Okonomiyaki is often referred to as the soul food of Japan, and Okonomiyaki Chitose in Osaka is often regarded as the purveyor of soul. This tiny, unpretentious eatery serves these sizzling circles chock-full of goodies such as pork belly, octopus, shrimp and even cheese, right off a hot griddle. Located in a back alley in a residential district, Okonomiyaki Chitose can be quite a challenge to hunt down – the key, regulars say, is to bring a keen nose to sniff out the unmistakable aroma of Okonomiyaki around the corner from a row of bars and karaoke joints.
A favourite among diners is the eatery’s signature Takasuga Yaki, a fry-up of mochi, fried noodles, pork and shrimp. Expect bold flavours juxtaposed against the curious texture of melted mochi – slightly sticky within, but crisp on the outside. Be prepared for a wait, however: lunchtime crowds can be significant, and indoor seating is limited to just two tables and a counter.
Address: 1 Chome-11-10 Taishi, Nishinari Ward, Osaka, Osaka Prefecture 557-0002, Japan
4. Gion Kinana Honten (Kyoto)
It’s worth getting acquainted with some basic Japanese hiragana characters ahead of visiting Kinana, or you just might miss this ice creamery’s near-indiscernible entrance. Tucked away in a quiet back alley in Kyoto’s Gion district, visitors in search of the perfect sweet treat are in for quite the hunt – but the silver lining is working up an appetite for what lies behind Kinana’s plain-vanilla shopfront.
Kinana serves up all-natural ice cream made from kinako, or soy bean powder. The result is refreshingly light, delicate ice cream which is low in calories. Visitors can choose from six flavours: plain, black sesame, red bean, matcha, brown sugar and yomogi. Be sure to try the dekitate, or freshly-made, never-frozen ice cream special which changes daily. All orders are served with a thoughtful pot of strong tea – the perfect foil to Kinana’s frozen delights.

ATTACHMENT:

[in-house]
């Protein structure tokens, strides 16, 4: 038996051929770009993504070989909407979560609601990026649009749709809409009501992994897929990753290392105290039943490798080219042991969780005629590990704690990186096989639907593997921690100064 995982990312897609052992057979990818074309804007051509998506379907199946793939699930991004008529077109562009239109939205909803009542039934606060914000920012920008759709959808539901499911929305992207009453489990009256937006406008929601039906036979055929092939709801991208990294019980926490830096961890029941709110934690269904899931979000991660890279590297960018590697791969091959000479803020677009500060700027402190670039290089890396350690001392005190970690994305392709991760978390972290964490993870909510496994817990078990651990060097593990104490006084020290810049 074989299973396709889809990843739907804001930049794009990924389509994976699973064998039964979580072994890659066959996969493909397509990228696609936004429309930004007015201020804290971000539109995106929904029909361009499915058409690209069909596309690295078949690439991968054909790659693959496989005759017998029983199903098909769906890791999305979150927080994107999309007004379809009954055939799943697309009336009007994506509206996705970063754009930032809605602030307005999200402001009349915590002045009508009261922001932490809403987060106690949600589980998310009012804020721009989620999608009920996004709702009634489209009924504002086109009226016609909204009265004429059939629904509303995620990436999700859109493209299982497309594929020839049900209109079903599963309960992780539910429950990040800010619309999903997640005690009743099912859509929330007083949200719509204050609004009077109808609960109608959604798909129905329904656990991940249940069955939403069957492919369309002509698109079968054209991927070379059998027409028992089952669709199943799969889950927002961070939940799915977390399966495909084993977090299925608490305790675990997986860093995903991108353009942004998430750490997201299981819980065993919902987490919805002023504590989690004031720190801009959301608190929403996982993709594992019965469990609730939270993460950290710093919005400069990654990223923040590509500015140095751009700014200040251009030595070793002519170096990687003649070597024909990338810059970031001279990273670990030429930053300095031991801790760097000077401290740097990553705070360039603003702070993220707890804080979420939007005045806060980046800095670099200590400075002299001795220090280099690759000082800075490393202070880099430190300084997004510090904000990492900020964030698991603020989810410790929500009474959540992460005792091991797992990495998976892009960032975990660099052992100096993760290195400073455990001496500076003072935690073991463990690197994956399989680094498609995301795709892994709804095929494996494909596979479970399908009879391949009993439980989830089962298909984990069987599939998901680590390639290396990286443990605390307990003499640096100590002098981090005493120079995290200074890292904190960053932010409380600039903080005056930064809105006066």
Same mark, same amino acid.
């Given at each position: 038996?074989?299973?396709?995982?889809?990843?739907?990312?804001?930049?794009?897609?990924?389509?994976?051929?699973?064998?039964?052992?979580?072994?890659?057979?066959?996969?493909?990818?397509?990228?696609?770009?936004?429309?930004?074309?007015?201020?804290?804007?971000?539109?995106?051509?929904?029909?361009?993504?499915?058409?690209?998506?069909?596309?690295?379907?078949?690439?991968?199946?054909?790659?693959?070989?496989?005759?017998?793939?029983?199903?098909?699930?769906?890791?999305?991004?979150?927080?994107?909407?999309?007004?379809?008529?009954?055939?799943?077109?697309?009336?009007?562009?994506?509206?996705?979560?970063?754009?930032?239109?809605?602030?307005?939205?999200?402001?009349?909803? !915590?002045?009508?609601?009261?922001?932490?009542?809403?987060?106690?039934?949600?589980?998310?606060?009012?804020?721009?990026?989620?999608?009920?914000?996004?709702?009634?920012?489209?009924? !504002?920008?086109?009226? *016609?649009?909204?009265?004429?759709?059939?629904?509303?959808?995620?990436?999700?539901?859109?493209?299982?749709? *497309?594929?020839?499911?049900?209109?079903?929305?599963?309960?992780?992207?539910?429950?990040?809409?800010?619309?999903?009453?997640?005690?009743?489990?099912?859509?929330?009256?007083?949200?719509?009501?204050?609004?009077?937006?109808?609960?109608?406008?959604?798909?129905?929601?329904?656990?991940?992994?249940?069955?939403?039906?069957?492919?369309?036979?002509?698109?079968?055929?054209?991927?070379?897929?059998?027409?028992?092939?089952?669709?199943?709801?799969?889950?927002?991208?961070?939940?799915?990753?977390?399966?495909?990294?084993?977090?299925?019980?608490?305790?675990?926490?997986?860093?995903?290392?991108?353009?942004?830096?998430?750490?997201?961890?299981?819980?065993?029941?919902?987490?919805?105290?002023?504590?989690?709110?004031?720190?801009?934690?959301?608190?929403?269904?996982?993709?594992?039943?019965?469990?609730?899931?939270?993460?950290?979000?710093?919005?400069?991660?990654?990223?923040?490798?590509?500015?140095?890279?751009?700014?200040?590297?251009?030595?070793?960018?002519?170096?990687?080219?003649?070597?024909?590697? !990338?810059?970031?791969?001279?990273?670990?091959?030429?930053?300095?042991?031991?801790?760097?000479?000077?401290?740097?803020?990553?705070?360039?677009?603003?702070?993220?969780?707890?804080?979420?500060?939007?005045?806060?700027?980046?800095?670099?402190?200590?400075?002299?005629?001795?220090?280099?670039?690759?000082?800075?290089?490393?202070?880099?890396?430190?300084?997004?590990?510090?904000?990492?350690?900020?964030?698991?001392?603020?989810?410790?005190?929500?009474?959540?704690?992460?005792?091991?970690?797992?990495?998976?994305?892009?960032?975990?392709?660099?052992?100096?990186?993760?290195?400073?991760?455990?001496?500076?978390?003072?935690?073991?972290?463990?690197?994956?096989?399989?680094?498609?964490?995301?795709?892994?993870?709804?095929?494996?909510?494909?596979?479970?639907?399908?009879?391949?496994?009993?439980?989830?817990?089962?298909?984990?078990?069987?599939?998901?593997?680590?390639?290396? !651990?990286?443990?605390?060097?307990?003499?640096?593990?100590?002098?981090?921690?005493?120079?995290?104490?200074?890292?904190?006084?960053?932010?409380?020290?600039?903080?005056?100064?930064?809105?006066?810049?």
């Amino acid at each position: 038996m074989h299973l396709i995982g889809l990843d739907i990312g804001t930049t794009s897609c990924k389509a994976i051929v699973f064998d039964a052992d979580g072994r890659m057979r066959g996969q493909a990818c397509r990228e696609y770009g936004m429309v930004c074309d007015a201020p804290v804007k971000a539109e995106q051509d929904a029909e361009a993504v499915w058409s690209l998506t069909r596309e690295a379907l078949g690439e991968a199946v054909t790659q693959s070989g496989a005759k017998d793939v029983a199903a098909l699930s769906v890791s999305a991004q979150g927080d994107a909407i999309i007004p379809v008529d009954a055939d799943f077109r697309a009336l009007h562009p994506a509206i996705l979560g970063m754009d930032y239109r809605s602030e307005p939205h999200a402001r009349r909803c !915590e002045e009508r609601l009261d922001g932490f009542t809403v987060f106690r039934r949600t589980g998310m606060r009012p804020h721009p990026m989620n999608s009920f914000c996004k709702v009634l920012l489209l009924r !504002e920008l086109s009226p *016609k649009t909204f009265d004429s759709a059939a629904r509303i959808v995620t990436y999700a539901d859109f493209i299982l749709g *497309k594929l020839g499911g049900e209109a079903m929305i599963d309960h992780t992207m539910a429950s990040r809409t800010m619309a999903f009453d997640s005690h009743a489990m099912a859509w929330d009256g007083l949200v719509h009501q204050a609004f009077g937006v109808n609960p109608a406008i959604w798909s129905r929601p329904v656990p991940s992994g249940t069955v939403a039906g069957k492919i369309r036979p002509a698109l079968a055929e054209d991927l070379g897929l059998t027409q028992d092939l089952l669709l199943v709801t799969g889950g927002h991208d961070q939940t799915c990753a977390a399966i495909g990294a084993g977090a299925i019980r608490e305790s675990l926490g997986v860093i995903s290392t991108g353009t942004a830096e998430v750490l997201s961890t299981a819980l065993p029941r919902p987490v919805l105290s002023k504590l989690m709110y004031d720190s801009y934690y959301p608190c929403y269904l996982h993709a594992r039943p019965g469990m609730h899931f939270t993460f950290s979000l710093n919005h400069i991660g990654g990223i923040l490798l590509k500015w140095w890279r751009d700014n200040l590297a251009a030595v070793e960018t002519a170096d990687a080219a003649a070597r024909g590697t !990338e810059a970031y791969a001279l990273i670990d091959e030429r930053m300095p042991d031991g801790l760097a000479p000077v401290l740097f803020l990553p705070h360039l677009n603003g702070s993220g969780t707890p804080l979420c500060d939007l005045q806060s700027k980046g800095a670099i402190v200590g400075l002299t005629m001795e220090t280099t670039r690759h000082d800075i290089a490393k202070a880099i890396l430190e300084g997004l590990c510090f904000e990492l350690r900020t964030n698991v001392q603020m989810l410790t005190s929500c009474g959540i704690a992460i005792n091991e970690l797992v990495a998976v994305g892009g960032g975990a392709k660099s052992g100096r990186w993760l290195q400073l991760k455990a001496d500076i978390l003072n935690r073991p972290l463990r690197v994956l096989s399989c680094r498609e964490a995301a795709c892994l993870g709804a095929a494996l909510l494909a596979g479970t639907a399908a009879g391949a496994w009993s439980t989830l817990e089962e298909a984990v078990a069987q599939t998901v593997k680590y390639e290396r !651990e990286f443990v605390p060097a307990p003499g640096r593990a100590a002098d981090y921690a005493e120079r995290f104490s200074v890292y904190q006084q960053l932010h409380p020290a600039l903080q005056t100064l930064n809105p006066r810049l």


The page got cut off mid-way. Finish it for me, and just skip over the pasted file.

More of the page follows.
Address: 570-119 Gion-machi Minamigawa, Higashiyama-ku, Kyoto, Japan
5. Endo Sushi (Osaka)
No trip to Japan is complete without an excellent sushi meal, and Endo Sushi in Osaka delivers just that at wallet-friendly prices. This tiny eatery in Osaka’s Central Fish Market is over 100 years old, and serves up an array of expertly prepared sushi by the restaurant’s fourth generation of owners. The quest for great sushi begins with a long, winding walk from the JR Noda station – a journey best undertaken with GPS in hand. The final leg of the route is through a dark, covered walkway which leads right to the welcome sight of Endo Sushi’s turquoise roof.
Here, diners may choose from a fixed sushi set or dine omakase-style, where the chef decides what to serve based on the day’s catch. Most diners opt for the omakase option, which includes five pieces of amazingly fresh sushi, one of which will be toro (bluefin tuna). Diners who don’t eat raw fish need not fret – Endo Sushi serves up excellent anago, or saltwater eel sushi which is a must-try.
Address: 1-1-86 Noda Fukushima-ku Osaka City, Japan